Real estate
A labourer stacks concrete blocks on his head at the construction site of a residential complex on the outskirts of Kolkata in this November 2, 2015 file photo. India's infrastructure output grew at its fastest pace in four months to 3.2 percent in September from a year ago, mainly driven by higher production of electricity and fertilisers, government data showed on Monday. REUTERS/Rupak De Chowdhuri

The Supreme Court has suspended the ban on construction in Mumbai till its next hearing on October 23, said the Brihanmumbai Municipal Corporation (BMC) in a statement on Wednesday.

After the court's six-month relief from the ban ended on September 15, the BMC had stopped issuing new construction permits in the city.

In 2016, the Bombay High Court had banned new constructions in India's financial capital owing to tonnes of debris being illegally dumped in the city's landfills. The Maharashtra Chamber of Housing Industry filed a Special Leave Petition against the High Court order in the SC.

This year, in March, a Division Bench of the apex court passed a temporary relief order, in which the ban was removed for six months. The order was given on the condition that debris would no longer be dumped in the landfills in Deonar or Mulund. During the relief period, the BMC issued show cause notices to 30 of the 160 construction sites that did not properly dispose of debris.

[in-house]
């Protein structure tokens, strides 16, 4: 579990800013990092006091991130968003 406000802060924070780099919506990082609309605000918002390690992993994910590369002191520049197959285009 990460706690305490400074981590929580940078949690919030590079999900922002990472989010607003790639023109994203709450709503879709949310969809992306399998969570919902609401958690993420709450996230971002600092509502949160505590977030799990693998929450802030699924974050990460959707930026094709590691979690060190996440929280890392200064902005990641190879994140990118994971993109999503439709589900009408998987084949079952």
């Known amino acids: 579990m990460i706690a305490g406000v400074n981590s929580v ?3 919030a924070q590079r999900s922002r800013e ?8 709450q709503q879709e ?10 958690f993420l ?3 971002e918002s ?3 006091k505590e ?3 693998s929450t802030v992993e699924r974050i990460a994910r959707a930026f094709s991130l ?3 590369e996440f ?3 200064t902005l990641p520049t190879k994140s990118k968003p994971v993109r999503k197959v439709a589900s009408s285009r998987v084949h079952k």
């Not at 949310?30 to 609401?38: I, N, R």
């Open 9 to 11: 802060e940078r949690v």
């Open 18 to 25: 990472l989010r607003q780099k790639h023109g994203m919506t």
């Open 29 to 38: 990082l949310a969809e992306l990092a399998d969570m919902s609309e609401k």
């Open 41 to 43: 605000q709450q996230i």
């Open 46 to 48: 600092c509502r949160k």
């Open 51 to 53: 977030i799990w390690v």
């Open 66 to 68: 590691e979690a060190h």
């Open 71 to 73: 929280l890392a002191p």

The court also said that construction permits should clearly mention that construction wastes would be disposed of in a specified manner. The court had directed the municipal corporation to submit a compliance report when the six-month relief period ended on September 15.

The extension on Bombay High Court's stay order till October 23 came as a welcome relief for the housing industry in the city, Rajesh Prajapati, chairman, public relations committee, CREDAI-MCHI, said.

"Though some more time would have been preferred, we at CREDAI-MCHI will try our best to ensure these issues are resolved well during this intervening period," Prajapati told The Hindu.

The association of developers has to come up with new dumping sites in the city after 11 of the 15 dumping sites identified by the municipal corporation were filled to capacity.

The BMC, during the six-month relief period, received 319 applications for new construction permits, of which 222 have been approved. It also issued 229 Occupation Certificates, signifying growth in real estate sector after the construction ban was lifted.